It is with deep sadness that I heard of the death of Ken Dodd,
Eric and Ken in Liverpool
because without Ken Dodd there would never have been any international illusionist “ZEE & CO.” Ken Dodd gave me my break, my first chance as an illusionist. In fact, he gave me everything! He told John Redgrave, who was the producer of the show at the time during rehearsals, “Whatever he wants give him!”, and he did.
I’m happy to say that I worked with Ken for almost a year and enjoyed every moment of it. I got to know both Ken and Anne really well. All this was in 1968/69. He was to me a very kind gentleman and a brilliantly ‘clean’ comic who I used to watch nightly when he was doing the first nightly show of two. He was generous in every possible way (except where money was concerned!), but that’s another story. As you know by now, I can’t make a story short! I am inclined to go round my ‘arse to get to my elbow’ as the poet says!
Being with Ken for nearly a year gave me all the time to perfect and hone and polish the act. Within 2 years we, “Zee & Co”, were at the London Palladium, and during all this time Angie was with me. In fact, she was with me for nearly two years earlier whilst we were trying to sort out the act. My beloved Angie who, God willing, I will be seeing later this year in New York.
How It All Happened
I had already done a gala show at the Adelphi Theatre in London where I had a load of photos taken. They looked really good and impressive.
My Agent at the time, Anne Zahl, had booked me a TV appearance on “The Good Old Days” at the Theatre Royal in Leeds. The theatre ran a variety show all through the week and televised “The Good Old Days” live on a Sunday. Each act had just one hour to set up and rehearse. That is impossible for an illusion act! Add to that that having to perform live in the evening show, and you have a recipe for disaster!
It was terrifying! The Leeds Theatre Royal was the oldest music hall in England and had the worst stage rake (a slope or incline) on any stage. Of course, Anne had forgotten to tell me this, and all my illusions were on wheels! No brakes!!! So no sooner had we got on stage than everything started rolling into the audience. We didn’t know how to stop them. In fact, we couldn’t! Well to cut a long story short, it was a disaster! Fortunately, they cut me out of the show, and quite rightly so. Well, going back to Ken, Ann Zahl told me that I should go and see him. Ken, who was playing in a summer season in Scarborough, Yorkshire, at the time, loved magic. I couldn’t understand why she didn’t contact him herself. Maybe she had seen the “Good Old Days”!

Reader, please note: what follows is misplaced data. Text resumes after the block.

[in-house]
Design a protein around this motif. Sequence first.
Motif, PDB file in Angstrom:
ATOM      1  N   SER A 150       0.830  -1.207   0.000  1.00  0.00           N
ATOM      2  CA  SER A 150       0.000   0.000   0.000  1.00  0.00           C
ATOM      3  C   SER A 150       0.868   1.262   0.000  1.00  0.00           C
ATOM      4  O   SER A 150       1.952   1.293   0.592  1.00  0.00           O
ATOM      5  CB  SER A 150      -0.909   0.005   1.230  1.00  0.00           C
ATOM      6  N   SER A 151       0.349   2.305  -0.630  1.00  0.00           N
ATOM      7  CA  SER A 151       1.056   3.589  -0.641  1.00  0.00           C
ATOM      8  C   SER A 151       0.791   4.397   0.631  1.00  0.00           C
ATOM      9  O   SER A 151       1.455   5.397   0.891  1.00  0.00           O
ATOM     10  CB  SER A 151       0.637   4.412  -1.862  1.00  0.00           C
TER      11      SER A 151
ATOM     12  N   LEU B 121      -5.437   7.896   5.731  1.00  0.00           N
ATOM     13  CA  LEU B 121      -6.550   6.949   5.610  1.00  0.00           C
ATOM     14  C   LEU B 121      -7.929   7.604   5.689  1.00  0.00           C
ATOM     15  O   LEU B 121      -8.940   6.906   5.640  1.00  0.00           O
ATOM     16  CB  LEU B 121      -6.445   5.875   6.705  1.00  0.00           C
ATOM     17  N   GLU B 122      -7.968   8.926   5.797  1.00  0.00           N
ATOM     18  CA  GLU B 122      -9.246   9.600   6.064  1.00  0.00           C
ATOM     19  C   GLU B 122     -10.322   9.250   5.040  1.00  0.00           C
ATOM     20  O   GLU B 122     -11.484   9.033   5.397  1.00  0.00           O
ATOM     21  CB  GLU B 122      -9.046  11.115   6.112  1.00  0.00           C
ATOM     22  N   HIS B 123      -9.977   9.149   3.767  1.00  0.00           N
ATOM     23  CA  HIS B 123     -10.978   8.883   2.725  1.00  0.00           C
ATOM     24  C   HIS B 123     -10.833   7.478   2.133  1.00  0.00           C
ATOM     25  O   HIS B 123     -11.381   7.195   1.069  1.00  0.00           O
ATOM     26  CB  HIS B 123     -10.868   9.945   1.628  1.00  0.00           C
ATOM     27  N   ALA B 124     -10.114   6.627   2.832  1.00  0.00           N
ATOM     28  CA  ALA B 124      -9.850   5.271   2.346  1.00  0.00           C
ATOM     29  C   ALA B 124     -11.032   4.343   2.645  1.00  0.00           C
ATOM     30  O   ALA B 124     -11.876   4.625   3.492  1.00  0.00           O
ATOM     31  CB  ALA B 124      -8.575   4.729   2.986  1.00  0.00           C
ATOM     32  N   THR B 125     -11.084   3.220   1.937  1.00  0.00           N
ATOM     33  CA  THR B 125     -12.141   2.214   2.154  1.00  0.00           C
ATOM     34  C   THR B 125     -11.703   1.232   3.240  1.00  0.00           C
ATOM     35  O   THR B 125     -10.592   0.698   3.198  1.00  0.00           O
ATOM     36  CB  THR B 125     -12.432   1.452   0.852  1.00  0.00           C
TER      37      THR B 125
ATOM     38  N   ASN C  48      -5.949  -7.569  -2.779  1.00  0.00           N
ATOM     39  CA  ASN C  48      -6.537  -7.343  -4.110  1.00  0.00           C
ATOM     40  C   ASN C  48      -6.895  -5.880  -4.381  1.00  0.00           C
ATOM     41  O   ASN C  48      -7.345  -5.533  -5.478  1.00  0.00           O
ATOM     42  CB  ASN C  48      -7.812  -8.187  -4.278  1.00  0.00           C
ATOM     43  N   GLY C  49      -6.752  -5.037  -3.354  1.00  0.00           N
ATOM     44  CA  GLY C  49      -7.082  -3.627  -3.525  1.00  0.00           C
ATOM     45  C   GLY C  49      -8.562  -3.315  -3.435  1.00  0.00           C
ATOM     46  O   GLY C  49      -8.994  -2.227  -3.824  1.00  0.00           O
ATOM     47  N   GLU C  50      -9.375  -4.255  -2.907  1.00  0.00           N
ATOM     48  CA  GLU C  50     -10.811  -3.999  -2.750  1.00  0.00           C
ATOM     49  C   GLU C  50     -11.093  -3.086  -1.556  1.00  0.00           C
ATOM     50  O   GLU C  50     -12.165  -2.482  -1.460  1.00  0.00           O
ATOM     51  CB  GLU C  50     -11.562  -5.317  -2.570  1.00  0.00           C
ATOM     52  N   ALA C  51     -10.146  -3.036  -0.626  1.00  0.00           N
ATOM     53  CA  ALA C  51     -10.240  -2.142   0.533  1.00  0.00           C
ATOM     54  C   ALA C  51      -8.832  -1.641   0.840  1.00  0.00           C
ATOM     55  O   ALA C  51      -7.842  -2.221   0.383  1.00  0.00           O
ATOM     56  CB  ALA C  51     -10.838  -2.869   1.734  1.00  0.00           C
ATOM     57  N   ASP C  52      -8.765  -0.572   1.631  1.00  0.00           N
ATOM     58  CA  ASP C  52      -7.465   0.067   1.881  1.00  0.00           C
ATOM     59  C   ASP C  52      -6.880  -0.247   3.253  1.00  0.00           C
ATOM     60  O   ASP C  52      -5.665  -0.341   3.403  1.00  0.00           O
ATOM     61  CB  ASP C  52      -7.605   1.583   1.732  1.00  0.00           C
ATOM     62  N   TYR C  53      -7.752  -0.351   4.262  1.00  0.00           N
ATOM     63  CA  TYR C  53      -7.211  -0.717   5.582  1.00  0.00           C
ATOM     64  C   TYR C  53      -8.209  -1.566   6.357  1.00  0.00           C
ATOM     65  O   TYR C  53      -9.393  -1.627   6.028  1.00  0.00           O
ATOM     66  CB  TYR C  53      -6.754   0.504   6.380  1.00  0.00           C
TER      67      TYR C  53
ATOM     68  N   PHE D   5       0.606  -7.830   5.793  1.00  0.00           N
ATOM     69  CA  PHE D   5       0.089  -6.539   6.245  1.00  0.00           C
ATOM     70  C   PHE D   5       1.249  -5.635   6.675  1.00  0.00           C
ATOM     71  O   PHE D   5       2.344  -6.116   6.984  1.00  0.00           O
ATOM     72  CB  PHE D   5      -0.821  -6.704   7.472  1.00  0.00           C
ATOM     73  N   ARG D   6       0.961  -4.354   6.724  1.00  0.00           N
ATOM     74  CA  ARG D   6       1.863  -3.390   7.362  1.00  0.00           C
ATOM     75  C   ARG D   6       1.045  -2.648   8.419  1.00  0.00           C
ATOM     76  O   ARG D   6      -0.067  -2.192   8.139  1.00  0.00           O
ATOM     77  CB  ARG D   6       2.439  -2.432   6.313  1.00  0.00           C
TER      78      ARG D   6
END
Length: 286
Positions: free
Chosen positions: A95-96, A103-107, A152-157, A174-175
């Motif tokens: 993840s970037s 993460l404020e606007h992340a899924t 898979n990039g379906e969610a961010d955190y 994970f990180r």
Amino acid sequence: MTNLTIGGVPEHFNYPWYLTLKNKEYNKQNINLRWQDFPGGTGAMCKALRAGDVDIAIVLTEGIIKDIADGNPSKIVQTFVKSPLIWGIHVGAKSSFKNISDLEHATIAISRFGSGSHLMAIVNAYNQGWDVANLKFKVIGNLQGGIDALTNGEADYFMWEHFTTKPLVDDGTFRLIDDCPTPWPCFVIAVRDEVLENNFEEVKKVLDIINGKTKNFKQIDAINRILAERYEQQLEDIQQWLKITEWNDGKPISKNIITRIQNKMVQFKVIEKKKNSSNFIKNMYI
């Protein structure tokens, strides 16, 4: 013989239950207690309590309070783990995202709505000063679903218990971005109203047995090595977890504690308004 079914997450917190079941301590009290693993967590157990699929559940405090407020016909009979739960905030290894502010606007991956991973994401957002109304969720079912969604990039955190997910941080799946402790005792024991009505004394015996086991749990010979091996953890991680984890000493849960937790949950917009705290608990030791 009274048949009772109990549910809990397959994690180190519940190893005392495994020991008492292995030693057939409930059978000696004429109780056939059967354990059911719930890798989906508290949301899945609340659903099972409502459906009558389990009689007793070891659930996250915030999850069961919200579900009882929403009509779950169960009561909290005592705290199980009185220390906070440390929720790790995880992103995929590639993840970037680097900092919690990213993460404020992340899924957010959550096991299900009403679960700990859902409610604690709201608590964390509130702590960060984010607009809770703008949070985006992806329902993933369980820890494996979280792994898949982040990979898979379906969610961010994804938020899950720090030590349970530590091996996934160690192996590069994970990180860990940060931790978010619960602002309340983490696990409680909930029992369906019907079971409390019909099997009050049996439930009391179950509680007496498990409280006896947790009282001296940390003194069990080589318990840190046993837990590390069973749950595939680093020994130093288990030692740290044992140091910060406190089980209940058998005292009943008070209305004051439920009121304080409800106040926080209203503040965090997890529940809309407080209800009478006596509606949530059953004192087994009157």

I was very dubious about going all the way to Scarborough without an appointment and waiting outside the stage door when he might not even see me. It was not really me! It was definitely not really me at all! But then again? Thinks…….!! Oh fuck it! I decided I’d go, and thank God I did!
After waiting at the stage door for an eternity, he saw me. He was intrigued with my past history as an actor, owner of the Casino de Paris and my photos. He told me that he was reopening The Royal Court Theatre in Liverpool, which had been closed for years, for Christmas 1968. The show would run for eight weeks and he would give me a contract for the whole run of the show at the princely sum of £135 a week for the act, which included Me, Ray, Angie, two boy assistants, my leopard Scorpio, Suki the Chinchilla Cat and all the Illusions. He said, “Either you are very, very good or very bad!” If the truth be told, I would have done it for nothing!
Whilst waiting to start rehearsals, Ken phoned me to tell me that a few magicians had told him that my act was terrible, so bad that it had been cut it out of the “Good Old Days”. He was a little worried, understandably, and thought that although he felt right about me, he would like to give me a two week trial. I told him that if it had been my choice I would have done exactly the same. So two weeks it was going to be.
When we finally opened, it proved to be an enormous success because I was presented properly and Ken let me close the first half of the Show. Even so, all this time I was worrying about the two weeks trial. Would he keep me or wouldn’t he?
Ken never said a word during the whole two weeks, and I wouldn’t ask for fear that he would say I had to go. Everybody I spoke to said of course I was staying on, but Ken himself hadn’t told me anything. So, on the Friday night before my two weeks was up I finally plucked up the courage and I knocked on his dressing room door and asked him whether we were staying.
“Of course laddie,” he said. “Whatever made you think you weren’t?”
What a load off my mind that was. (Magicians eat your hearts out!)
So to you, Sir Ken Dodd, I thank you a million times for your kindness and generosity of what you gave to me. Ken Dodd, you were a great man! You gave me everything that was good for “Zee & Co.” I bow my head to you. May you always stay ‘tickling’ them up in Heaven!
“God Rest Your Soul”.
Lady Anne Dodd, nee Jones, and Ken. Thank God he married her! She deserves it, and may she stay Blessed Always.
Eric x x x